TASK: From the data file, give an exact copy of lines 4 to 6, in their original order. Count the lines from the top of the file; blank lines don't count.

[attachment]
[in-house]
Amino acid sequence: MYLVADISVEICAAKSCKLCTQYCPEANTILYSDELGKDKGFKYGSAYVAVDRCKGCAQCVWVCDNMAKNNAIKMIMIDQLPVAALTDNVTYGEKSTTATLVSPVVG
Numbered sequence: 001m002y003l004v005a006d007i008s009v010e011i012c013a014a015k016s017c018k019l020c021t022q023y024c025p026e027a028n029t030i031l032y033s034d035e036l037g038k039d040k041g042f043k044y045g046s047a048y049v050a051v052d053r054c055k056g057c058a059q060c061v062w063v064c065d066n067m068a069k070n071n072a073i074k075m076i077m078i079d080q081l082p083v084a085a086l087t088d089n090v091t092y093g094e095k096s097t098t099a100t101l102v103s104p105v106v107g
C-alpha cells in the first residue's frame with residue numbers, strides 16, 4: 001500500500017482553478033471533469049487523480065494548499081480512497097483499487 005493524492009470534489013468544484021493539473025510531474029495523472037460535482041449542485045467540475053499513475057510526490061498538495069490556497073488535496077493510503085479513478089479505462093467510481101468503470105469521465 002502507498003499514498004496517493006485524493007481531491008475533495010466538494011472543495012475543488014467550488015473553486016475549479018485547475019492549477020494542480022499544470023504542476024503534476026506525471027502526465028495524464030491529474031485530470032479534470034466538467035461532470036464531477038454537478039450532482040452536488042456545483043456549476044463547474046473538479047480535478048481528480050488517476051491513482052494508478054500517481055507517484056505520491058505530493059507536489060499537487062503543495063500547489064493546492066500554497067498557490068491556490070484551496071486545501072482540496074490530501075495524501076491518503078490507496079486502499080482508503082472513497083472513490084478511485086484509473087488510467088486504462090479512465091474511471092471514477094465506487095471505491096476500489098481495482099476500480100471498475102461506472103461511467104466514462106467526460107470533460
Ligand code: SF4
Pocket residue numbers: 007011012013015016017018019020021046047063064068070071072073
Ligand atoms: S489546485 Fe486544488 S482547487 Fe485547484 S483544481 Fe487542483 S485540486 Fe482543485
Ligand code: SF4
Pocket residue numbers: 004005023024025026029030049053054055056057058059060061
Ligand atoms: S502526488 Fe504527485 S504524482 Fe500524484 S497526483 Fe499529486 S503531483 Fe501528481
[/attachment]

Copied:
C-alpha cells in the first residue's frame with residue numbers, strides 16, 4: 001500500500017482553478033471533469049487523480065494548499081480512497097483499487 005493524492009470534489013468544484021493539473025510531474029495523472037460535482041449542485045467540475053499513475057510526490061498538495069490556497073488535496077493510503085479513478089479505462093467510481101468503470105469521465 002502507498003499514498004496517493006485524493007481531491008475533495010466538494011472543495012475543488014467550488015473553486016475549479018485547475019492549477020494542480022499544470023504542476024503534476026506525471027502526465028495524464030491529474031485530470032479534470034466538467035461532470036464531477038454537478039450532482040452536488042456545483043456549476044463547474046473538479047480535478048481528480050488517476051491513482052494508478054500517481055507517484056505520491058505530493059507536489060499537487062503543495063500547489064493546492066500554497067498557490068491556490070484551496071486545501072482540496074490530501075495524501076491518503078490507496079486502499080482508503082472513497083472513490084478511485086484509473087488510467088486504462090479512465091474511471092471514477094465506487095471505491096476500489098481495482099476500480100471498475102461506472103461511467104466514462106467526460107470533460
Ligand code: SF4
Pocket residue numbers: 007011012013015016017018019020021046047063064068070071072073